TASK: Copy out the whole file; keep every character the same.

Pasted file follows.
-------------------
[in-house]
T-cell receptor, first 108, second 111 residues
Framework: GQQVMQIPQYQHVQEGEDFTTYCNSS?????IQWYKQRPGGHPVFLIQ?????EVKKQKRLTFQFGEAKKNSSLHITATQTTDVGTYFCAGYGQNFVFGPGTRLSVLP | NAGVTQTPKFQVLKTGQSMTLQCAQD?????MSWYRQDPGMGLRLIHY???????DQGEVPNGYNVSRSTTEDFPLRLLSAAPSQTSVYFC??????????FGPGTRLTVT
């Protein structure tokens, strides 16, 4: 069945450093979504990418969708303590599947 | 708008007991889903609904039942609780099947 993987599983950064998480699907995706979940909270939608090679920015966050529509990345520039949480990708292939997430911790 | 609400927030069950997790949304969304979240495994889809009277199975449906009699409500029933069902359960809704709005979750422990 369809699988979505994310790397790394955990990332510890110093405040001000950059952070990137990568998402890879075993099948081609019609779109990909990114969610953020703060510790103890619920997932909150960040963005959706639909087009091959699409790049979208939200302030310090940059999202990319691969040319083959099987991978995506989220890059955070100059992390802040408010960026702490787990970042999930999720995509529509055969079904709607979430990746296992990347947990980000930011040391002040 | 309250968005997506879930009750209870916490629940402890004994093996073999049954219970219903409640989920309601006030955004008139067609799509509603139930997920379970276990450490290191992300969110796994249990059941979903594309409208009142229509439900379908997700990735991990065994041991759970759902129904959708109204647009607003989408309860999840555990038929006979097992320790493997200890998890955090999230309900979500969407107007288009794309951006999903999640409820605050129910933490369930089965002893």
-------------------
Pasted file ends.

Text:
[in-house]
T-cell receptor, first 108, second 111 residues
Framework: GQQVMQIPQYQHVQEGEDFTTYCNSS?????IQWYKQRPGGHPVFLIQ?????EVKKQKRLTFQFGEAKKNSSLHITATQTTDVGTYFCAGYGQNFVFGPGTRLSVLP | NAGVTQTPKFQVLKTGQSMTLQCAQD?????MSWYRQDPGMGLRLIHY???????DQGEVPNGYNVSRSTTEDFPLRLLSAAPSQTSVYFC??????????FGPGTRLTVT
């Protein structure tokens, strides 16, 4: 069945450093979504990418969708303590599947 | 708008007991889903609904039942609780099947 993987599983950064998480699907995706979940909270939608090679920015966050529509990345520039949480990708292939997430911790 | 609400927030069950997790949304969304979240495994889809009277199975449906009699409500029933069902359960809704709005979750422990 369809699988979505994310790397790394955990990332510890110093405040001000950059952070990137990568998402890879075993099948081609019609779109990909990114969610953020703060510790103890619920997932909150960040963005959706639909087009091959699409790049979208939200302030310090940059999202990319691969040319083959099987991978995506989220890059955070100059992390802040408010960026702490787990970042999930999720995509529509055969079904709607979430990746296992990347947990980000930011040391002040 | 309250968005997506879930009750209870916490629940402890004994093996073999049954219970219903409640989920309601006030955004008139067609799509509603139930997920379970276990450490290191992300969110796994249990059941979903594309409208009142229509439900379908997700990735991990065994041991759970759902129904959708109204647009607003989408309860999840555990038929006979097992320790493997200890998890955090999230309900979500969407107007288009794309951006999903999640409820605050129910933490369930089965002893």